These are the crucial steps for staying sober, regardless of the recovery plan that you're working on or NOT working on. If you're not doing this, you're working on a relapse.
The point of getting sober is that you have the freedom to choose who you want to be in a relationship with, and who you don't. Being sober is about having freedom. And to be honest, being sober is much, much easier than being an active addiction.
Think about all the time, energy, effort, planning, scheming, hiding, worrying, and feeling guilty. Think of all the time and energy you put into doing all those things in active addiction. Guess what? In sobriety, you don't have to do any of those things.
Make a plan.
You have to plan on how to stay and keep your sobriety. Just like you had to plan out how you would use, get it, get away with it.
The first category in planning for sobriety needs to be the big sort of overall general, how you're going to keep yourself in a good place. We all know that when we're in a not-good place, we're a lot more likely to make bad choices.
In the big picture plan, you have to have a plan on how to keep your sanity, including dealing with old trauma. It could include managing underlying reasons that may have been driving the addiction, but it can also include managing your daily stresses.
So how are you going to manage your sanity? How are you going to keep yourself sane and stable? Doing this is crucial for maintaining sobriety, especially in the early days. There are lots of ways you can do this. You can have a counselor or recovery coach. You'll need a good, trustworthy sounding board to help you sort through things to keep your head on right.
The other piece that goes under this sanity management category is keeping the TRUTH front and center.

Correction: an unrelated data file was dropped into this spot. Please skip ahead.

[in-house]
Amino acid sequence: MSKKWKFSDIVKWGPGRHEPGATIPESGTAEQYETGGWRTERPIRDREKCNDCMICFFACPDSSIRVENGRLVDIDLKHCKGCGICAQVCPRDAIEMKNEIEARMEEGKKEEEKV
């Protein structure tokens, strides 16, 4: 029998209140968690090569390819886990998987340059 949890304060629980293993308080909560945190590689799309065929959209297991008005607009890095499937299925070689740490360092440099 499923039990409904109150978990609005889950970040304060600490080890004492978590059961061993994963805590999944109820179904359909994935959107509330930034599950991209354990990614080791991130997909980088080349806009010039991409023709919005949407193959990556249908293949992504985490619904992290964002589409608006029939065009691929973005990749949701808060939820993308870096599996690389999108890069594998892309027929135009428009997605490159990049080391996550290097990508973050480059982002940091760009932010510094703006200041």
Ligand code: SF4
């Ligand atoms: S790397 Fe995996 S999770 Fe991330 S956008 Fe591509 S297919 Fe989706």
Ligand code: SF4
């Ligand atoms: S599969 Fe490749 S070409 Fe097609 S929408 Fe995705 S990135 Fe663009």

You may be thinking, Amber, what do you mean by the truth? I mean, the truth about your addiction, the truth about what you're capable of and not capable of when it comes to things surrounding that addiction. The person manages to convince themselves that they can do whatever they were doing before, but do it differently and get a different outcome. That might look like:
1. I'm just going to drink or use on the weekend.
2. I'm just going to drink or use on vacation.
3. I'm only going to use this substance and not that substance.
The sneaky thoughts will come in about ways to do it slightly differently, but keep it in yours. My guess is, that you've tried to do that a multitude of times, and it hasn't worked.
Some ways can help keep that truth front and center, but usually, it involves keeping yourself connected to recovery.
For some people, that means going to meetings, reading recovery books, listening to recovery podcasts, or attending regular meetings with their recovery coach, sponsor, or addiction counselor.
A lot of people have this thought when they first get sober, like, I just want to put it behind me. I want to stay sober. That was a terrible part of my life. I'm embarrassed by it. I'm ashamed of it. I don't want to talk about it. I don't want to think about it when I close the door on it and put it behind me, and that's completely understandable.
If we think about it, we can relate to that. The problem is when we want to shut it so far behind us, it leaves room for the truth to kind of slot away and the untruth to sneak in there, and the bargaining starts happening.